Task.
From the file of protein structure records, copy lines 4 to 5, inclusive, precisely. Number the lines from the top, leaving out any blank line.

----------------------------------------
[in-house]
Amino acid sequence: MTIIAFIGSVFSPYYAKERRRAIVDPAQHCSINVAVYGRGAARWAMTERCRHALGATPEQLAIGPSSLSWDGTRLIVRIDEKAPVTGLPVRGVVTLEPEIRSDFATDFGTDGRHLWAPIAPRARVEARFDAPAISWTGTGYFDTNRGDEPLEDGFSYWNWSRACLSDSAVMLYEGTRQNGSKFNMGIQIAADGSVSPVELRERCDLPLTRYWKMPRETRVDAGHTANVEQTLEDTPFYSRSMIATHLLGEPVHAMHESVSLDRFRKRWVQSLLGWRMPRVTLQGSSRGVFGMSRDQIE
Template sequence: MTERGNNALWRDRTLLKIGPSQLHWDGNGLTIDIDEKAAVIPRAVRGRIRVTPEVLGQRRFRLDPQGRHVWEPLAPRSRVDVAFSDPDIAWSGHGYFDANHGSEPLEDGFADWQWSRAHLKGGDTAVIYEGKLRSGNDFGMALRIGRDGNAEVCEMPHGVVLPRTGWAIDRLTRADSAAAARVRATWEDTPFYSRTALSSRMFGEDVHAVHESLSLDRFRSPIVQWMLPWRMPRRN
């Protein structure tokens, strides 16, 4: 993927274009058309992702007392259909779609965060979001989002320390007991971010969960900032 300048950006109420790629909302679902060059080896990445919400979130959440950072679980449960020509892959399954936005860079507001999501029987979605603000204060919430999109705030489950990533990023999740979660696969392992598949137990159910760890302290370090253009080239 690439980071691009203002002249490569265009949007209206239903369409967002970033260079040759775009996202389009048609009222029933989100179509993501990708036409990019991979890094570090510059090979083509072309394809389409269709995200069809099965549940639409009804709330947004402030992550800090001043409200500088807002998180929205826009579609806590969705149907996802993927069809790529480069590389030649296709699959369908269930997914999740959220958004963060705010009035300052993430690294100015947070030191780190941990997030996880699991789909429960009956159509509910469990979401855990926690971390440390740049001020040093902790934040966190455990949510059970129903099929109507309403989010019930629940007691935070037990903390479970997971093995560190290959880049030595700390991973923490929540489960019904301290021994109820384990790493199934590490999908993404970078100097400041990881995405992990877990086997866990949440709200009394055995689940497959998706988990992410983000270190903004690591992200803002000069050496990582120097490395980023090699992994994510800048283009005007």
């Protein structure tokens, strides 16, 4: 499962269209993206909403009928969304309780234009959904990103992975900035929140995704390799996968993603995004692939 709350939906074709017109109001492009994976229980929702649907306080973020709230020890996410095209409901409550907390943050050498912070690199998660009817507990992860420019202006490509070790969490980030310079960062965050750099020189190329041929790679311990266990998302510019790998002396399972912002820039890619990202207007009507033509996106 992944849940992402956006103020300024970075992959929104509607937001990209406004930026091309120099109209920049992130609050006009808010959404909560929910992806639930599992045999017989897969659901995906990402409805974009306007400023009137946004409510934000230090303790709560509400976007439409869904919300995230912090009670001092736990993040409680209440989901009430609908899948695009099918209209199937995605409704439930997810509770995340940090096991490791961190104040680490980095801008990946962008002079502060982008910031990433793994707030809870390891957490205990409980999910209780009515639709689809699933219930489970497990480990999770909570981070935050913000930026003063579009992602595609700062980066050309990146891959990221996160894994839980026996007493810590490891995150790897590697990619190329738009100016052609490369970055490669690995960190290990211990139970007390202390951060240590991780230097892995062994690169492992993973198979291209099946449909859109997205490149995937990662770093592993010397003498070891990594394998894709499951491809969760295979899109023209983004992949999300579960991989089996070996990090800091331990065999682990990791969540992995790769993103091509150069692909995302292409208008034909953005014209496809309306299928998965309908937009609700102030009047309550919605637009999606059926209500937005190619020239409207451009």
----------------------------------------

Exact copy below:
């Protein structure tokens, strides 16, 4: 993927274009058309992702007392259909779609965060979001989002320390007991971010969960900032 300048950006109420790629909302679902060059080896990445919400979130959440950072679980449960020509892959399954936005860079507001999501029987979605603000204060919430999109705030489950990533990023999740979660696969392992598949137990159910760890302290370090253009080239 690439980071691009203002002249490569265009949007209206239903369409967002970033260079040759775009996202389009048609009222029933989100179509993501990708036409990019991979890094570090510059090979083509072309394809389409269709995200069809099965549940639409009804709330947004402030992550800090001043409200500088807002998180929205826009579609806590969705149907996802993927069809790529480069590389030649296709699959369908269930997914999740959220958004963060705010009035300052993430690294100015947070030191780190941990997030996880699991789909429960009956159509509910469990979401855990926690971390440390740049001020040093902790934040966190455990949510059970129903099929109507309403989010019930629940007691935070037990903390479970997971093995560190290959880049030595700390991973923490929540489960019904301290021994109820384990790493199934590490999908993404970078100097400041990881995405992990877990086997866990949440709200009394055995689940497959998706988990992410983000270190903004690591992200803002000069050496990582120097490395980023090699992994994510800048283009005007």
């Protein structure tokens, strides 16, 4: 499962269209993206909403009928969304309780234009959904990103992975900035929140995704390799996968993603995004692939 709350939906074709017109109001492009994976229980929702649907306080973020709230020890996410095209409901409550907390943050050498912070690199998660009817507990992860420019202006490509070790969490980030310079960062965050750099020189190329041929790679311990266990998302510019790998002396399972912002820039890619990202207007009507033509996106 992944849940992402956006103020300024970075992959929104509607937001990209406004930026091309120099109209920049992130609050006009808010959404909560929910992806639930599992045999017989897969659901995906990402409805974009306007400023009137946004409510934000230090303790709560509400976007439409869904919300995230912090009670001092736990993040409680209440989901009430609908899948695009099918209209199937995605409704439930997810509770995340940090096991490791961190104040680490980095801008990946962008002079502060982008910031990433793994707030809870390891957490205990409980999910209780009515639709689809699933219930489970497990480990999770909570981070935050913000930026003063579009992602595609700062980066050309990146891959990221996160894994839980026996007493810590490891995150790897590697990619190329738009100016052609490369970055490669690995960190290990211990139970007390202390951060240590991780230097892995062994690169492992993973198979291209099946449909859109997205490149995937990662770093592993010397003498070891990594394998894709499951491809969760295979899109023209983004992949999300579960991989089996070996990090800091331990065999682990990791969540992995790769993103091509150069692909995302292409208008034909953005014209496809309306299928998965309908937009609700102030009047309550919605637009999606059926209500937005190619020239409207451009």